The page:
• The Crown contains the Governor (Sovereign representative) and links to 3 areas:
    • Parliament
    • Executive
    • Judiciary
  • Parliament contains Legislative Council and Legislative Assembly (both link to one another)
  • Executive contains a structure as follows:
    • Executive Council is the link to and from the Crown.
    • Executive Council also links to and from the Premier and Ministers.
    • Premier and Ministers link to 3 areas:
      1. Parliamentary Secretaries
      2. Public sector
      3. Ministers’ Officers
  • Judiciary contains NSW Courts

Parliament of NSW

The Parliament of NSW is the law-making body for the state, directly elected by the people to make state laws, control state finances, and discuss matters of importance to the people of NSW. The Parliament of NSW consists of two democratically elected houses: the Legislative Assembly (lower house) and the Legislative Council (upper house). There are 135 members of the NSW Parliament: 93 in the lower house and 42 in the upper house.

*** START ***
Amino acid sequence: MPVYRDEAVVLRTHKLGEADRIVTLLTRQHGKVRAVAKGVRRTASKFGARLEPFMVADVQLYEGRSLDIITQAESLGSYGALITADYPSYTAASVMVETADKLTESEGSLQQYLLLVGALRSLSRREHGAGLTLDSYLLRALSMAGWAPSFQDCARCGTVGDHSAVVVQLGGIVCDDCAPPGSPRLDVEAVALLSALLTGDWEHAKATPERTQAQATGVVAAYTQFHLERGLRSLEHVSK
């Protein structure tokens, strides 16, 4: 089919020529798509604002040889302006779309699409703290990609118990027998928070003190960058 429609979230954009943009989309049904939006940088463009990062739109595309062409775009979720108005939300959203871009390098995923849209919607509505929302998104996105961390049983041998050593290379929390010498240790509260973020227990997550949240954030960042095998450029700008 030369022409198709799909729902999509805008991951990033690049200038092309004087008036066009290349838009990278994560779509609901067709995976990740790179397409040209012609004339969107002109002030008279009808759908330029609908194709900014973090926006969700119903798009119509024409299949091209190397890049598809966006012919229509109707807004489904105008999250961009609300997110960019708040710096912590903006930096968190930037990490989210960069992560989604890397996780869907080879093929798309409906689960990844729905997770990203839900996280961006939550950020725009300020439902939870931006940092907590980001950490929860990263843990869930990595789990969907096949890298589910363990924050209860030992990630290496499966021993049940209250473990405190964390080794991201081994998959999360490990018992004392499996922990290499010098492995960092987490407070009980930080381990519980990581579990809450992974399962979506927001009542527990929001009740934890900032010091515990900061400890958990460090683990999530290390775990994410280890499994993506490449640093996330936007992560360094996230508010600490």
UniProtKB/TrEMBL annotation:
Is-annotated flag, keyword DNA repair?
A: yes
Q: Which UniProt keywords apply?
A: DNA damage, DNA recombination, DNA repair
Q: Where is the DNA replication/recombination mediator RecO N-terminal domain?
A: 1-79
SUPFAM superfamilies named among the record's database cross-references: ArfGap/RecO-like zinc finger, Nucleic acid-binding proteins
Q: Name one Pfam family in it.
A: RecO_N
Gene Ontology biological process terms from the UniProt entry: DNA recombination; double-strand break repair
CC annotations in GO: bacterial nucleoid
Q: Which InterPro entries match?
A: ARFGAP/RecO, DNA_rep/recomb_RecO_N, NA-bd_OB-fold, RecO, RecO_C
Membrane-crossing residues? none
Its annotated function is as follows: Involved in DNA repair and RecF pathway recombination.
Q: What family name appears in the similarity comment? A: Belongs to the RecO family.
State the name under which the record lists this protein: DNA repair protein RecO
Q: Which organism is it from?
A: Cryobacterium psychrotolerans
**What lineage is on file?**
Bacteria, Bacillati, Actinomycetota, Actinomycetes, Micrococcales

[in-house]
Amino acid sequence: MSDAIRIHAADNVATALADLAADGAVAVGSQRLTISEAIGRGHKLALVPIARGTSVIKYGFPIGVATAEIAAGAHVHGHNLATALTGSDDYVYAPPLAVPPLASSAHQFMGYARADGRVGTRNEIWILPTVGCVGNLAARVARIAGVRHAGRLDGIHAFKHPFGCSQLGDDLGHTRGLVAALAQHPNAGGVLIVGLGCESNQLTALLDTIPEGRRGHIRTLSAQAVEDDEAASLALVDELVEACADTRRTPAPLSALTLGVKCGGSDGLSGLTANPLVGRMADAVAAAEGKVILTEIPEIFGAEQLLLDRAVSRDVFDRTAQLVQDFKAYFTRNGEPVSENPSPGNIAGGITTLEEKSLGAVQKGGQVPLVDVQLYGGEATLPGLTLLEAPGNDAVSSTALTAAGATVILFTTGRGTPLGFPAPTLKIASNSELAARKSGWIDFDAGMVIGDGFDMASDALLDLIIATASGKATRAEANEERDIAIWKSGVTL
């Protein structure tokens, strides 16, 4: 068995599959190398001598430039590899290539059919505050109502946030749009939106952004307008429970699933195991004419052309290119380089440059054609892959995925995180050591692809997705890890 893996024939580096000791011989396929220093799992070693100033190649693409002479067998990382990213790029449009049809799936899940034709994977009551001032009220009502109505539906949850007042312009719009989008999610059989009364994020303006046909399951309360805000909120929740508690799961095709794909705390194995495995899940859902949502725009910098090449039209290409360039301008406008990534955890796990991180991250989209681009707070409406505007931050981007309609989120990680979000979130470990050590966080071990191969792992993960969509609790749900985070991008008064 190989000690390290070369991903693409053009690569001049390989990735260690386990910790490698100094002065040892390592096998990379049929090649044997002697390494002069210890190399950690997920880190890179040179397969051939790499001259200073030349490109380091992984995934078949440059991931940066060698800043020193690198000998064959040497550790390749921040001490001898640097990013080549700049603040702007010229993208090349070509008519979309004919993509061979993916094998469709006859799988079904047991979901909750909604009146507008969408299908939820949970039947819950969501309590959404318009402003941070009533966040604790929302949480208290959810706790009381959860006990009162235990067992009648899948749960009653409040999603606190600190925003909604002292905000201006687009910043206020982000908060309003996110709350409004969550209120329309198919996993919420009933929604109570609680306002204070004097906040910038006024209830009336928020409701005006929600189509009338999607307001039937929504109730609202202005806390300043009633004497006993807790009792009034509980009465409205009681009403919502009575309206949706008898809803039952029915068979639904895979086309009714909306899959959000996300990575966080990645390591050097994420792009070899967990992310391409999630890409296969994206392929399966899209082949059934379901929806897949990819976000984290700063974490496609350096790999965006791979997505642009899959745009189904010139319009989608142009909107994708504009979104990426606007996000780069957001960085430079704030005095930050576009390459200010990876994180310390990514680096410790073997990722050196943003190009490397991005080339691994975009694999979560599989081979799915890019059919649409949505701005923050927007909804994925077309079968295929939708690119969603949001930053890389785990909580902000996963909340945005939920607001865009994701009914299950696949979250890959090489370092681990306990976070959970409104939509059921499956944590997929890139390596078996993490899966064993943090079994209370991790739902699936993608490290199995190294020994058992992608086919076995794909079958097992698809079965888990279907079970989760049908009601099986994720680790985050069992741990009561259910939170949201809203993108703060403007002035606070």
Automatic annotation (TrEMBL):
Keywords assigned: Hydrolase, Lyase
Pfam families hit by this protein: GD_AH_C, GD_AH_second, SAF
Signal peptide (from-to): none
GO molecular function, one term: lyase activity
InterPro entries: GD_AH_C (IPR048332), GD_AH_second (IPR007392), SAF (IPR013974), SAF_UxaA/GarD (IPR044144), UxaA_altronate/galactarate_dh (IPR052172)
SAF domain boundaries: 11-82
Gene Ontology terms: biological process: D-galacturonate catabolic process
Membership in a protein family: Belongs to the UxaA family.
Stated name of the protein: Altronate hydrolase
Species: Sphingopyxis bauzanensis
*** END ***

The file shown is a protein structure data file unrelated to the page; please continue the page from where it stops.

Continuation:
Government of NSW

Parliamentary elections determine the government of NSW, which is formed by the party with majority support in the Legislative Assembly. The Governor of NSW commissions the NSW Premier and Ministers, also referred to as the Ministry, to be responsible for the day-to-day administration of the state. The Ministers are collectively and individually responsible for government policy and actions.

Premier of NSW

The Premier is the head of the Government. They lead the party or coalition that has majority support in the Legislative Assembly (the lower house). They advise the Governor of NSW on the appointment of Ministers, determines the makeup of agencies, and allocates legislation to Ministers.

NSW Cabinet

The Premier and appointed Ministers together constitute the Cabinet, which decides the government’s priorities, policies and legislative program.

Ministers bring their proposals to Cabinet, which then makes decisions that are collective, confidential and binding on Ministers.

Ministers

Under the Constitution Act 1902 (NSW) (the Constitution Act) the Premier and Ministers are appointed by the Governor. The Premier identifies and allocates the ministerial portfolios and recommends to the governor that the selected people be appointed.